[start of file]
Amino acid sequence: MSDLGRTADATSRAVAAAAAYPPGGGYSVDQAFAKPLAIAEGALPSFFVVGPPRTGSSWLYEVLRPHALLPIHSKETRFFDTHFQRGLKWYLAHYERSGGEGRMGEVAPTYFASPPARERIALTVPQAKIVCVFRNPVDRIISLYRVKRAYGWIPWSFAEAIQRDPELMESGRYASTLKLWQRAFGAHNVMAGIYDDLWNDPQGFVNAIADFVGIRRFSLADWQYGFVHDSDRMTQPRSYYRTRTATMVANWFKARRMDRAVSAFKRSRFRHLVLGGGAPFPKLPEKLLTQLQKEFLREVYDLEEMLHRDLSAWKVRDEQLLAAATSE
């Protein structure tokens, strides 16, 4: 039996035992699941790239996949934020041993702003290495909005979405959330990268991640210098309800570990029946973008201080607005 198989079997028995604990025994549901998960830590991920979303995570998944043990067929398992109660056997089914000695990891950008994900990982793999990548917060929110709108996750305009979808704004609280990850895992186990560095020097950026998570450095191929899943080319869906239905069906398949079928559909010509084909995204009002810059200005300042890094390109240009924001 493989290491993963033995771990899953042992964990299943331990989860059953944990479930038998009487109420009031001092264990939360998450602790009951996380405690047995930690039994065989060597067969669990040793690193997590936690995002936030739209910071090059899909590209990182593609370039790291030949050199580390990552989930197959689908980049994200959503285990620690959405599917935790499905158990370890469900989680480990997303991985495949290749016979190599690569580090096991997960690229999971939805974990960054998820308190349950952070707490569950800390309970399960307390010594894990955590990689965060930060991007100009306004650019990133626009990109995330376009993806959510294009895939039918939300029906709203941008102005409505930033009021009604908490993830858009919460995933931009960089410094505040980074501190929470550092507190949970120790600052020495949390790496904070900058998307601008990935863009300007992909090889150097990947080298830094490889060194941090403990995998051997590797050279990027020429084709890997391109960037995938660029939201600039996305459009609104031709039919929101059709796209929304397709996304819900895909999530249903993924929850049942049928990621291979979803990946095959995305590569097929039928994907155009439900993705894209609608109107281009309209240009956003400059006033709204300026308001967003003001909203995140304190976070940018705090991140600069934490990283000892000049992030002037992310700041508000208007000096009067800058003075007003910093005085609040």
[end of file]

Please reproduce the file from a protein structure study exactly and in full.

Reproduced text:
Amino acid sequence: MSDLGRTADATSRAVAAAAAYPPGGGYSVDQAFAKPLAIAEGALPSFFVVGPPRTGSSWLYEVLRPHALLPIHSKETRFFDTHFQRGLKWYLAHYERSGGEGRMGEVAPTYFASPPARERIALTVPQAKIVCVFRNPVDRIISLYRVKRAYGWIPWSFAEAIQRDPELMESGRYASTLKLWQRAFGAHNVMAGIYDDLWNDPQGFVNAIADFVGIRRFSLADWQYGFVHDSDRMTQPRSYYRTRTATMVANWFKARRMDRAVSAFKRSRFRHLVLGGGAPFPKLPEKLLTQLQKEFLREVYDLEEMLHRDLSAWKVRDEQLLAAATSE
């Protein structure tokens, strides 16, 4: 039996035992699941790239996949934020041993702003290495909005979405959330990268991640210098309800570990029946973008201080607005 198989079997028995604990025994549901998960830590991920979303995570998944043990067929398992109660056997089914000695990891950008994900990982793999990548917060929110709108996750305009979808704004609280990850895992186990560095020097950026998570450095191929899943080319869906239905069906398949079928559909010509084909995204009002810059200005300042890094390109240009924001 493989290491993963033995771990899953042992964990299943331990989860059953944990479930038998009487109420009031001092264990939360998450602790009951996380405690047995930690039994065989060597067969669990040793690193997590936690995002936030739209910071090059899909590209990182593609370039790291030949050199580390990552989930197959689908980049994200959503285990620690959405599917935790499905158990370890469900989680480990997303991985495949290749016979190599690569580090096991997960690229999971939805974990960054998820308190349950952070707490569950800390309970399960307390010594894990955590990689965060930060991007100009306004650019990133626009990109995330376009993806959510294009895939039918939300029906709203941008102005409505930033009021009604908490993830858009919460995933931009960089410094505040980074501190929470550092507190949970120790600052020495949390790496904070900058998307601008990935863009300007992909090889150097990947080298830094490889060194941090403990995998051997590797050279990027020429084709890997391109960037995938660029939201600039996305459009609104031709039919929101059709796209929304397709996304819900895909999530249903993924929850049942049928990621291979979803990946095959995305590569097929039928994907155009439900993705894209609608109107281009309209240009956003400059006033709204300026308001967003003001909203995140304190976070940018705090991140600069934490990283000892000049992030002037992310700041508000208007000096009067800058003075007003910093005085609040």